It’s great to have location data stored in your photos. This allows you to sort through your photo library and find all your photos from your last vacation, or from favorite sites you like to visit. For some photos, like that one of the Eiffel Tower, it’s obvious where you’ve taken them. But you may not want people to be able to figure out where all your photos were taken. For example, you probably don’t want location data in photos you’ve taken in your back yard showing up on social media, allowing people to find exactly where you live.
It’s easy to remove location data when sharing photos from your iPhone, iPad, or Mac. Here’s how.
What is location data?
Your iPhone can use its internal GPS system to note the locations of where you shoot your photos. It stores precise location data, such as Latitude: 51° 25’ 38.532” N and Longitude: 1° 51’ 18.39” W. Enter these coordinates in Google Maps and it will pinpoint the location of a photo. This is useful in Apple’s Photos app to let you browse places, and you can view a given photo in Photos and see exactly where it was taken on a map.
This location data is very precise; here’s how the coordinates above display in HoudahGeo, an app photographers can use to add such data to their photos.
Some non-smartphone cameras include GPS, and many photographers will use a geotagging app to record coordinates and add them to their photos, if their camera does not have this capability.
But if you take pictures at home, and share them on social media without removing this location data, anyone who downloads the photo can find this information embedded in the photos’ EXIF data. This data includes the make and model of your camera or phone, the date and time when you shot the photo, as well as technical information, such as the shutter speed, ISO, and aperture used.
You may not want others to be able to pinpoint your, or your children’s, or your place of work’s precise location, so it’s a good idea to remove this data when sharing photos.
You can share photos in a number of ways. You can send them directly from the Photos app, or from other apps that manage photos, and you can add them to Twitter, Instagram, or Facebook, from within different apps or browsers. Most of these apps strip location data from your photos, but you can never be truly sure.
However, if you email photos or share them from your Photos library—or if you want to be completely sure before you post photos in any public place—there are steps you need to take to remove the location data from photos.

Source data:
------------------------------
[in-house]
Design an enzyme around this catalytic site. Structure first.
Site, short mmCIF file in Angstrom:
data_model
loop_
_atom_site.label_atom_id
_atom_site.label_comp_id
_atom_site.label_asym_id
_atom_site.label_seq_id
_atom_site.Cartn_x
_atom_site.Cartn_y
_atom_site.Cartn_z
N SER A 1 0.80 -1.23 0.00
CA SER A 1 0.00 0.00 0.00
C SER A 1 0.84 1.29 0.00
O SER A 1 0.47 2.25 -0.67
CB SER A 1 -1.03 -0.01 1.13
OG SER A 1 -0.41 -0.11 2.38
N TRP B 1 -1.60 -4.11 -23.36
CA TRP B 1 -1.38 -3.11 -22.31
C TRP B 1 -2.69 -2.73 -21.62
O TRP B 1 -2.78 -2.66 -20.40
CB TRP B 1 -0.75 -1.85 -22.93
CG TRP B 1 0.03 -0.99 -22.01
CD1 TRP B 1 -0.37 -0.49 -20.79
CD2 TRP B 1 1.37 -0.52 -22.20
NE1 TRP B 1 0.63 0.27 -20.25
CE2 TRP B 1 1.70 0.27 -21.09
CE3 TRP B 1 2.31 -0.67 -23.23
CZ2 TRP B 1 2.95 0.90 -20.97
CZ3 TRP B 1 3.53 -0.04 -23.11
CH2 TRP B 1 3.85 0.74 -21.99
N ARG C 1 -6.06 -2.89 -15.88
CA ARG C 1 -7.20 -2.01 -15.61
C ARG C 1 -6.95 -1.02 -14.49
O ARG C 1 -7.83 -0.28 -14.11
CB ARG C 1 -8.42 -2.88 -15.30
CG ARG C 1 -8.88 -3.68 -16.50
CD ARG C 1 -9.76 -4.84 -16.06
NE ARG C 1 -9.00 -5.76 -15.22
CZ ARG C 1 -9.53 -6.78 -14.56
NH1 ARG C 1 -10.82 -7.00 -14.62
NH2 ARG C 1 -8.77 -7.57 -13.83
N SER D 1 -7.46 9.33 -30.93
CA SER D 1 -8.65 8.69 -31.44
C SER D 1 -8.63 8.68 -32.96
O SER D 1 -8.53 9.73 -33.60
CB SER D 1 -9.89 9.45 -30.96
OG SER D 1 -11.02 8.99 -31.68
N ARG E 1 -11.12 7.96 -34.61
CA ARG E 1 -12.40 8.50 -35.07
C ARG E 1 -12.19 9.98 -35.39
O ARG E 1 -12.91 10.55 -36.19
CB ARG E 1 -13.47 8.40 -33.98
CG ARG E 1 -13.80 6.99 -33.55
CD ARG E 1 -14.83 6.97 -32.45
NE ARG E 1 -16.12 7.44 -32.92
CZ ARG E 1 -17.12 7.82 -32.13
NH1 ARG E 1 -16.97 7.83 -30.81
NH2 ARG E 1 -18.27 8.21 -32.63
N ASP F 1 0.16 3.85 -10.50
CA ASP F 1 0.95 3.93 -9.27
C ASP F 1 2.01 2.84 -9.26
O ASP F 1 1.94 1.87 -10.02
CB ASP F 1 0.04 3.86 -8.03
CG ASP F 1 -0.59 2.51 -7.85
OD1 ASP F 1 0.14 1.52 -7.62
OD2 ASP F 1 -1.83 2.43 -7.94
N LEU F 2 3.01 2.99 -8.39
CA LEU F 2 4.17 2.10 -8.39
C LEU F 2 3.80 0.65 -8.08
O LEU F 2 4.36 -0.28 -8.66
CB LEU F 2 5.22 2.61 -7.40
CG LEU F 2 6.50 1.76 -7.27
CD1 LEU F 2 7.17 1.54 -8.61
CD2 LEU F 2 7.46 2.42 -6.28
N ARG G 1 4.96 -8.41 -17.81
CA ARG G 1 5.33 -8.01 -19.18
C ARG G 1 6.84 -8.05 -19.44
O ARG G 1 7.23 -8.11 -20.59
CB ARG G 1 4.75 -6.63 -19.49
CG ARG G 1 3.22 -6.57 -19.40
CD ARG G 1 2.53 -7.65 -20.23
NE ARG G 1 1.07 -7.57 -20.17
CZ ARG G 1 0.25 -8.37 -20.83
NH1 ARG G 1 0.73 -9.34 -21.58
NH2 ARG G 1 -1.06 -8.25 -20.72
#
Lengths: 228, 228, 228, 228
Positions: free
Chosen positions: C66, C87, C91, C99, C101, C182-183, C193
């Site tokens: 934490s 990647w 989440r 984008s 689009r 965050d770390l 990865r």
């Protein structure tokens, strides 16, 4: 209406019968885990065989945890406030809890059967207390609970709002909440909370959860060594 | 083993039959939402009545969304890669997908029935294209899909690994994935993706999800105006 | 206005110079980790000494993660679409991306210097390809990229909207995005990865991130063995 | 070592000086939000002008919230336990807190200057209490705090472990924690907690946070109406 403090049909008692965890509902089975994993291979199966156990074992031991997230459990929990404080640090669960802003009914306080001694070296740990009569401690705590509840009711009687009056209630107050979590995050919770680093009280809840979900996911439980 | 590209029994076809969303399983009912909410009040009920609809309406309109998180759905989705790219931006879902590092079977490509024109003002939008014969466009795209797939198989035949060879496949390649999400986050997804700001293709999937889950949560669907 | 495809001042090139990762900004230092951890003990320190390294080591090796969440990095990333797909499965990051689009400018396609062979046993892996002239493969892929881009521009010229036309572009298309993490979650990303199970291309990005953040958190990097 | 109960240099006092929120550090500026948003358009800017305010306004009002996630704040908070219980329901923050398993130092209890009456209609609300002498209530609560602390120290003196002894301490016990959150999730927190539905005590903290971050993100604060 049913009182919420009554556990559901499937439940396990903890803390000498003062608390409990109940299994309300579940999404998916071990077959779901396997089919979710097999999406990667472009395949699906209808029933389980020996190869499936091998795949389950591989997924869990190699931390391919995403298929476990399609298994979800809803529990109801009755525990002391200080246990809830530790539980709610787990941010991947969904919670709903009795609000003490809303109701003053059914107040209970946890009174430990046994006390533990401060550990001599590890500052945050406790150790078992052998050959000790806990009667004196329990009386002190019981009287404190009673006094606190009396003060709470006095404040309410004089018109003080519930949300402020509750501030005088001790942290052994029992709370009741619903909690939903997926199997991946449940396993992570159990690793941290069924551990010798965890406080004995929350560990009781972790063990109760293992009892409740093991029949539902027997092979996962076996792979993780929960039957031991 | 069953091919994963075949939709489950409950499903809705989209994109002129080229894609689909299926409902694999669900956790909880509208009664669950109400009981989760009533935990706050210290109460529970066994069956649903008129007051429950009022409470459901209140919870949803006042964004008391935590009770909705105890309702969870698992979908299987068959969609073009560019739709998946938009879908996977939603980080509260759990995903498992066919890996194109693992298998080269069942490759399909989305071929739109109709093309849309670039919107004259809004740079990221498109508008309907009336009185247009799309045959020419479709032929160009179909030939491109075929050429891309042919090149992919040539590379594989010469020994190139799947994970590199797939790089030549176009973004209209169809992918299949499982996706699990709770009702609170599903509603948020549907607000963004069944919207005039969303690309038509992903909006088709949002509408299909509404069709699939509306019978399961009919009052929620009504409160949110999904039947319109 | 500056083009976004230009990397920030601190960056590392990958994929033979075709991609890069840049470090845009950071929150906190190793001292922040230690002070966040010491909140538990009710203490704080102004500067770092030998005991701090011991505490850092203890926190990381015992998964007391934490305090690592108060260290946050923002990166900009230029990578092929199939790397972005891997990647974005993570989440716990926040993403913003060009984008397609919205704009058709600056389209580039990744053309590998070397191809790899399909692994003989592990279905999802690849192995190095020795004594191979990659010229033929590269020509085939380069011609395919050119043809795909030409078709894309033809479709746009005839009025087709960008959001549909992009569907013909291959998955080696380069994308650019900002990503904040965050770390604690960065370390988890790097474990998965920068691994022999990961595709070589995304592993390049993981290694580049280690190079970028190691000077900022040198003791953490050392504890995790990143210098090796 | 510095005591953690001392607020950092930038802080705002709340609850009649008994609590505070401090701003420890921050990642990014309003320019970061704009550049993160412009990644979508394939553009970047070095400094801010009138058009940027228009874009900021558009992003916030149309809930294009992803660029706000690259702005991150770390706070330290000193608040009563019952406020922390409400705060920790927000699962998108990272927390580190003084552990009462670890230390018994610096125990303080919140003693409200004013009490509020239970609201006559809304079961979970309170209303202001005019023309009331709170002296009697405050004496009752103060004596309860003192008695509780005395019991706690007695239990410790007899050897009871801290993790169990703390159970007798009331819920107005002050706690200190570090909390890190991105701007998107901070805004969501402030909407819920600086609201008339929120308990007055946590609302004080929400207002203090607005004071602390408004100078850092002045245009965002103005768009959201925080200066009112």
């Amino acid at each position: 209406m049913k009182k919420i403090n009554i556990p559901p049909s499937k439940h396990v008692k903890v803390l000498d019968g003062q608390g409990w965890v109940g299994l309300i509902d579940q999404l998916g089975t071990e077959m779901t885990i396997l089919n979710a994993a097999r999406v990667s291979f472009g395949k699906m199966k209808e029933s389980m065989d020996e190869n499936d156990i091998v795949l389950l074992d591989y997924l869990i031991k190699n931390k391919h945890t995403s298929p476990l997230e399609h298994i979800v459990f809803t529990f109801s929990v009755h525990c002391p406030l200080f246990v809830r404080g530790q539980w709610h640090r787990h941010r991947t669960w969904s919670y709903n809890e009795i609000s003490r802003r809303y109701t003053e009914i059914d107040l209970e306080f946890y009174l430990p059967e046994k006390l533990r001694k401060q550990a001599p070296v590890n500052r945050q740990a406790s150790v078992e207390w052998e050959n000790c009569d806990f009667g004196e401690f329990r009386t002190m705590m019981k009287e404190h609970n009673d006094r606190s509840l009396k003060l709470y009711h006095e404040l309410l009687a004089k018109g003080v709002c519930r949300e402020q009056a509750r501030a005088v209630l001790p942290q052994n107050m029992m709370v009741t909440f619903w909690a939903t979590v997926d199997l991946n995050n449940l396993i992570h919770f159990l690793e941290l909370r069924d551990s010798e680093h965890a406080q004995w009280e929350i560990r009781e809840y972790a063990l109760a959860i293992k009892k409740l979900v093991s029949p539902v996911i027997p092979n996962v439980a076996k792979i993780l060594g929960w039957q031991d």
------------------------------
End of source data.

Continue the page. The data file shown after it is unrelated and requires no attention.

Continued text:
Sharing photos on iOS
If you share a photo from the Photos app on iOS, location data is included by default. You may want this to be the case, especially if you’re adding a photo to a shared library. But in some cases, you want to remove this location data.
Select one or more photos, then tap the share button (that’s the little square with the arrow pointing up). At the top of the screen, tap Options.
On the next screen, you’ll see a number of options, including Location; toggle this off.
You’ll need to do this each time you share a photo; your iOS device does not remember this setting, nor is there a global setting to turn it off.
Sharing photos on Mac
On Mac, it’s a bit easier to share photos without location data, and you can enable a setting to turn this off. In Photos’ General preferences, uncheck Include location information for published items.
If you want to leave this enabled, and remove location data on an ad hoc basis, then when you export a photo (File > Export), you can uncheck Location Information in the export sheet.
Note that if you have the general preference set to not include location information, dragging a photo from your Photos library to the Finder saves the photo without location data.
Removing location data from other photos
If you have photos that aren’t in your Photos library and want to delete their location data, you can do so easily in Preview (located in your Applications folder). Open a photo in Preview and press Command-I to bring up the Inspector window, and click on the tab labeled with a lowercase i with a circle around it (the "More Info" tab). Within the More Info tab, click the GPS tab, then click Remove Location Info. (Note that if you don’t see a GPS tab, this generally means that geotag coordinates are not recorded in the photo’s EXIF data.)
If you want to remove location data from a number of photos, you can do so using the free ImageOptim, an app designed to shrink photos by removing some of their metadata. In this app’s preferences, check Strip JPG Metadata, then drag the photos to the app’s window. Unfortunately, when you do this you lose all the other EXIF data, such as the date and time of the photo, which camera was used, etc.
And if you want to permanently turn off the recording of location data on your iPhone or iPad, go to Settings > Privacy > Location Services, find Camera, then choose Never.
One way to keep location data in your photos, but not have it pinpoint accurate is to toggle off the Precise Location setting on this screen; this feature is available from iOS 14. If you do this, a location will be stored in your photos, but it won’t be as precise as GPS data.
Storing location data in photos is great, but remember that when you share photos, that location data may be present. It’s a good idea to think about this so you can share photos safely, and so no one can find your location in shared photos.
How can I learn more?
Each week on the Intego Mac Podcast, Intego’s Mac security experts discuss the latest Apple news, security and privacy stories, and offer practical advice on getting the most out of your Apple devices. Be sure to follow the podcast to make sure you don’t miss any episodes.
You can also subscribe to our e-mail newsletter and keep an eye here on Mac Security Blog for the latest Apple security and privacy news. And don’t forget to follow Intego on your favorite social media channels: Facebook, Instagram, Twitter, and YouTube.